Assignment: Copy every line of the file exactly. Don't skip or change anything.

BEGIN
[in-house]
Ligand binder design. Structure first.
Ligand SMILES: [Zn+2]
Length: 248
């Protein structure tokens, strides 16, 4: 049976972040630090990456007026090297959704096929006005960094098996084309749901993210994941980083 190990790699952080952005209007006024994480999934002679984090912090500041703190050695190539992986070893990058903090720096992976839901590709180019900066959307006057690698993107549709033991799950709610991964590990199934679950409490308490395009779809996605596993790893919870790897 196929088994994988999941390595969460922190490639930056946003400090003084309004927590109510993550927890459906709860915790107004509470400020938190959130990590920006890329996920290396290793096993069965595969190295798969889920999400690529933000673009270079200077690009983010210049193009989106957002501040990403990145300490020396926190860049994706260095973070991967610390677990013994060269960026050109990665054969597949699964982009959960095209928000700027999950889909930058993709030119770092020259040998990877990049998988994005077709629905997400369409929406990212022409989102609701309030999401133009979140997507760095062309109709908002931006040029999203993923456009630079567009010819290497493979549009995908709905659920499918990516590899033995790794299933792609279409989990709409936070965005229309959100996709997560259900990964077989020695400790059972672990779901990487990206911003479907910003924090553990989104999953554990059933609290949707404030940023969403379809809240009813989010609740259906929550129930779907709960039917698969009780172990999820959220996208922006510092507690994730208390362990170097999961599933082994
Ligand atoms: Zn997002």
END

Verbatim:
[in-house]
Ligand binder design. Structure first.
Ligand SMILES: [Zn+2]
Length: 248
């Protein structure tokens, strides 16, 4: 049976972040630090990456007026090297959704096929006005960094098996084309749901993210994941980083 190990790699952080952005209007006024994480999934002679984090912090500041703190050695190539992986070893990058903090720096992976839901590709180019900066959307006057690698993107549709033991799950709610991964590990199934679950409490308490395009779809996605596993790893919870790897 196929088994994988999941390595969460922190490639930056946003400090003084309004927590109510993550927890459906709860915790107004509470400020938190959130990590920006890329996920290396290793096993069965595969190295798969889920999400690529933000673009270079200077690009983010210049193009989106957002501040990403990145300490020396926190860049994706260095973070991967610390677990013994060269960026050109990665054969597949699964982009959960095209928000700027999950889909930058993709030119770092020259040998990877990049998988994005077709629905997400369409929406990212022409989102609701309030999401133009979140997507760095062309109709908002931006040029999203993923456009630079567009010819290497493979549009995908709905659920499918990516590899033995790794299933792609279409989990709409936070965005229309959100996709997560259900990964077989020695400790059972672990779901990487990206911003479907910003924090553990989104999953554990059933609290949707404030940023969403379809809240009813989010609740259906929550129930779907709960039917698969009780172990999820959220996208922006510092507690994730208390362990170097999961599933082994
Ligand atoms: Zn997002």